Politics & Policy

They’re Not That into Him

Netroots vs. Obama.

The Des Moines Register’s final Iowa poll has Barack Obama trouncing Hillary Clinton in today’s caucuses, 32 to 25. This, the Register tells us, is thanks to high projected turnout from self-described independents, 40 percent of whom favor Obama. Nationally, polls show Obama beating prospective Republican nominees by wider margins than any Democrat running. One could make the case that Obama is more authentically liberal than Hillary Clinton or John Edwards, yet could attract more independent voters in the general election than either. On top of that, he has higher favorability ratings than Hillary and a lot more money than Edwards.

So why do liberal bloggers (a.k.a. the netroots) have such a problem with this guy? After all, they are notoriously obsessed with winning, and while they have warmed to John Edwards’s fire-breathing populist shtick, they acknowledge that his decision to take matching funds in the primary race would significantly limit his ability to campaign against a deep-pocketed Republican nominee like Rudy Giuliani or Mitt Romney until September. The more viable alternative, Hillary Clinton, leaves them cold over her Iraq votes. That leaves Obama, a candidate liberal bloggers have spent much of the last week attacking. Why?

As liberal blogger Steve Benen explained on his The Carpetbagger Report Wednesday, they are angry over several recent instances in which Obama “used conservative frames in very unhelpful ways” (Benen himself concludes that “the concerns seem overwrought”). For an explanation of “framing” and why it has captured the liberal imagination, see this artful deconstruction:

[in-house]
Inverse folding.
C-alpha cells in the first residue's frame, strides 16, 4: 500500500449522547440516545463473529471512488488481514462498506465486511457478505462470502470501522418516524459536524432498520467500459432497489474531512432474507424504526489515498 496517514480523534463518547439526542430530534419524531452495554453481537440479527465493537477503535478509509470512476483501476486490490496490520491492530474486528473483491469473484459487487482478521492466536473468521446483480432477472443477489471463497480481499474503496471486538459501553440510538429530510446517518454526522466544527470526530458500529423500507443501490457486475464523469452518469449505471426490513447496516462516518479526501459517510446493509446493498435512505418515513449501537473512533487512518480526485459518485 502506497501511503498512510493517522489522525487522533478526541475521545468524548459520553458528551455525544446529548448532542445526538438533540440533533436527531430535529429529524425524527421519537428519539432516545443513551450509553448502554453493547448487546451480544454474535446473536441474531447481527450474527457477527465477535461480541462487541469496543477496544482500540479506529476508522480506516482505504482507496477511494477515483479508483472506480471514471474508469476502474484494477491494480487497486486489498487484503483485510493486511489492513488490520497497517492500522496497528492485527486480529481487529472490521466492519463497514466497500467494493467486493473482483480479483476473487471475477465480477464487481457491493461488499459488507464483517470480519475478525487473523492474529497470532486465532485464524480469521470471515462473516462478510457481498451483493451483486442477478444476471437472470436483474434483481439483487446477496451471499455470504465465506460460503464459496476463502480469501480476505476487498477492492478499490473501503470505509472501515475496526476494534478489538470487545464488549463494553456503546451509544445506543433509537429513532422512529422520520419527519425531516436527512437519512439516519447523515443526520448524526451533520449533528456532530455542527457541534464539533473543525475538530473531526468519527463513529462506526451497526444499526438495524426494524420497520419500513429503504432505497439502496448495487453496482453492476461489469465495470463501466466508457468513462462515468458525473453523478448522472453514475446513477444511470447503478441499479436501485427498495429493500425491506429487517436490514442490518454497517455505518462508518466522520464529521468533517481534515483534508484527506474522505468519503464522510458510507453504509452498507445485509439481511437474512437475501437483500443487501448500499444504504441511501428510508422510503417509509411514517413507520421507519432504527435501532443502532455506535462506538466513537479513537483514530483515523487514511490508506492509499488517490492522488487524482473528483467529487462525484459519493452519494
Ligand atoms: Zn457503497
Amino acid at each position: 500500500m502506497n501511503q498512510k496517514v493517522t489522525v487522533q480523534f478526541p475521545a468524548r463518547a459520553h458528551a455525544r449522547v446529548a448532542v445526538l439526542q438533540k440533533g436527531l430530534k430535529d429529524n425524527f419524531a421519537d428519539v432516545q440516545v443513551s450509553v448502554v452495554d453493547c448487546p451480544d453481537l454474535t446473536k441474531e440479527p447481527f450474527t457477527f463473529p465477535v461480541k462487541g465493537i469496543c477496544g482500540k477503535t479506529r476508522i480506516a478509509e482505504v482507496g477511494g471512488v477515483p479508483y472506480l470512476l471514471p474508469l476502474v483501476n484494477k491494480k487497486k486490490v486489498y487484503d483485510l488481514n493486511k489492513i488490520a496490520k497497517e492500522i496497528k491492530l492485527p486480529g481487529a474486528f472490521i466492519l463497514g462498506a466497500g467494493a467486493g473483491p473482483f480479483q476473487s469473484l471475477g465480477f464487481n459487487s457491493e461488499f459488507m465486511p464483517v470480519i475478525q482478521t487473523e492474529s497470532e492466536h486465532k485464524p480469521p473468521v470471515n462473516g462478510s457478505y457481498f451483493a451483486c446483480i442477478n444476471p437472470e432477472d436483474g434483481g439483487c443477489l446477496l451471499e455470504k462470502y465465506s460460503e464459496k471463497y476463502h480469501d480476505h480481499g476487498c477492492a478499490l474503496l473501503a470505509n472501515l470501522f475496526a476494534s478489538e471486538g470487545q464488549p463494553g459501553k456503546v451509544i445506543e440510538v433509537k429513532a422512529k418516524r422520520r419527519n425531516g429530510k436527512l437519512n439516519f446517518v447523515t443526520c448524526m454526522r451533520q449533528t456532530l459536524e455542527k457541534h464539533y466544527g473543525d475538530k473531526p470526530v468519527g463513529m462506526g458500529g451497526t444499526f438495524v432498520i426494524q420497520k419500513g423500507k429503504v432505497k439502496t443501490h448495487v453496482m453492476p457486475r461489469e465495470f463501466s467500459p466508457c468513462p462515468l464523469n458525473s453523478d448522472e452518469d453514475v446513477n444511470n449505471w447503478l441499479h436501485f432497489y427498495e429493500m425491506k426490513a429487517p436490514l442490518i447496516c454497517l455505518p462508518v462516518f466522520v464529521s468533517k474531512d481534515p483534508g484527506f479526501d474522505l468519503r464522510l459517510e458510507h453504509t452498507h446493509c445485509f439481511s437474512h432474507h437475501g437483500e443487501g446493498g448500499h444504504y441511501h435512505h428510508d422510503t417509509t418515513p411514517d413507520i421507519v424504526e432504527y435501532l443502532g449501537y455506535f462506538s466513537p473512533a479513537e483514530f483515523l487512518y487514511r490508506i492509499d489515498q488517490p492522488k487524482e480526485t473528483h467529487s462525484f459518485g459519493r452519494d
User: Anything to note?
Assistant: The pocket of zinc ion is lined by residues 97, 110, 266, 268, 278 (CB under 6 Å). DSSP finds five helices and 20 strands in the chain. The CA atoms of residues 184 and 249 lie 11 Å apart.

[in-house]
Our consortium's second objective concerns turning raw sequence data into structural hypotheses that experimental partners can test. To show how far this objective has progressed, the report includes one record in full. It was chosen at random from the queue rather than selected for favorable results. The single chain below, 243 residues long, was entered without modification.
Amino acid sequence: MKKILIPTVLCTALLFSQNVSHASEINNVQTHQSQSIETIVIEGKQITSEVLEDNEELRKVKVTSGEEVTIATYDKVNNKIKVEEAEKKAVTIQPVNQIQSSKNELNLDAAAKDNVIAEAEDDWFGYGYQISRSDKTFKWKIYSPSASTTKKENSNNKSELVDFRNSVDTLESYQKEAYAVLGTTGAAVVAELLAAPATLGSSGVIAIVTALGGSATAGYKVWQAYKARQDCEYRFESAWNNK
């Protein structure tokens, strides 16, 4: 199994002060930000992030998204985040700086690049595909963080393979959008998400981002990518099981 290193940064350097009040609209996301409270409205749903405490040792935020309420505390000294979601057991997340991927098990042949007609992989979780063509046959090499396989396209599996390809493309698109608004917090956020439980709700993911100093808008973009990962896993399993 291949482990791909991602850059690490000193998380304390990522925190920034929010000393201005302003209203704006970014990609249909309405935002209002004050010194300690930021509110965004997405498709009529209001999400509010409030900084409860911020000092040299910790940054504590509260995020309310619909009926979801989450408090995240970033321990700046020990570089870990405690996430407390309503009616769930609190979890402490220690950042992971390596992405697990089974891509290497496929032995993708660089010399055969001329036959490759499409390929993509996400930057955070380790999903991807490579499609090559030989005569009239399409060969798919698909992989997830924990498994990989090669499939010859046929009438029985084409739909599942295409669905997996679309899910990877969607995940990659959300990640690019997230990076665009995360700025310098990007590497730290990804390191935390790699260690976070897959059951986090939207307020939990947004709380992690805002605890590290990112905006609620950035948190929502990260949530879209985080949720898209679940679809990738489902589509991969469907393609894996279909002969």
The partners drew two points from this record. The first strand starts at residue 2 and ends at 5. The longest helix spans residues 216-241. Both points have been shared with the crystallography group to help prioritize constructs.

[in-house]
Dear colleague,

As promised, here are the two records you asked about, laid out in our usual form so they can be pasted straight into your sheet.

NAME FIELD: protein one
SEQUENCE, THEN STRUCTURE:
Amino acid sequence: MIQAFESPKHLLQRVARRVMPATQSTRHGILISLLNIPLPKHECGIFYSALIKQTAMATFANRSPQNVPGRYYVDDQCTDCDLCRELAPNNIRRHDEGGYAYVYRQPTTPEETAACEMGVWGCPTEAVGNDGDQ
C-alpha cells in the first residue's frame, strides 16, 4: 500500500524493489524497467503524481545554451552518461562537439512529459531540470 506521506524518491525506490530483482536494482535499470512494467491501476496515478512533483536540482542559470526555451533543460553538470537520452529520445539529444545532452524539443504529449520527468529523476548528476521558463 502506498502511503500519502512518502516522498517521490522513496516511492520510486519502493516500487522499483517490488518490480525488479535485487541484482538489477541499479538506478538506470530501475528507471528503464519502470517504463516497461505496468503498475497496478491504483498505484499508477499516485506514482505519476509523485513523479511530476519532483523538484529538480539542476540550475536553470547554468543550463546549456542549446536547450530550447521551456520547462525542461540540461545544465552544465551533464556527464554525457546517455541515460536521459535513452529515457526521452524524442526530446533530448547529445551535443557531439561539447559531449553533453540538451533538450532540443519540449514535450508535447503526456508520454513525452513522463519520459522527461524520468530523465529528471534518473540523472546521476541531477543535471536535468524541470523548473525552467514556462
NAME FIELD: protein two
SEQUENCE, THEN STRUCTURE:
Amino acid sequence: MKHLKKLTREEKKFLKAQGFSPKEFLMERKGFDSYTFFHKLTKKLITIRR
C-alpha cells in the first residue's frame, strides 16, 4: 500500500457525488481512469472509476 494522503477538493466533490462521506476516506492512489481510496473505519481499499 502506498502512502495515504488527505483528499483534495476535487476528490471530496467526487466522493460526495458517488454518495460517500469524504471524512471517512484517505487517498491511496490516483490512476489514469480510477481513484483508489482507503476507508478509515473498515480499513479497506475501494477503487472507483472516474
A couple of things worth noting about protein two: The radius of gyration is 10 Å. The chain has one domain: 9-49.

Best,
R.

One way to resolve this paradox [in which Republican policies are bad for most people, yet these people continue to vote for Republicans anyway] is to divide conservatives into two rough taxonomic categories: the small elite of evil geniuses who spend their days spinning sinister plots, and the masses of ignorant dupes who can be tricked into following them. Conservatives can thus be diagnosed as either evil or stupid — masters of sinister language manipulation, or hypnotized victims of it.

Apparently, one of these evil conservative plots is to remind people that health-insurance mandates “force” people to buy health insurance. The health-care plan Barack Obama has put forward would not mandate coverage for adults whereas Hillary’s would, and Obama has run some ads illustrating this distinction by pointing out that Hillary’s plan would “force people to buy insurance even if they can’t afford it.” (Benen gives this a 5 out of 5 on the Lieberman scale for the most annoying use of conservative frames.)

The statement is true. Although Hillary’s plan would offer tax credits to offset some of the cost of insurance, it would force people to buy it, even if they feel they still can’t afford it. Obama’s statement isn’t wrong because it’s false; it’s wrong because it doesn’t adhere to the party line, according to which mandates don’t force people to buy insurance, they provide coverage, which would otherwise be absent. (Note: Obama’s plan has plenty of other coercive elements. It just lacks this one.)

Obama committed a similar offense when he attempted to draw a contrast between his career in public service and John Edwards’s in private practice:

In one of his standard riffs, Obama asserts that his career choices — community organizer, civil rights lawyer, elected official — underscores his commitment to public service and to bringing about political and social change. He always mentions the lucrative job offers he turned down, but today he added a new line.

“That’s why I didn’t become a trial lawyer,” Obama told the Newton audience — a clear dig at Edwards, who made millions in the courtroom.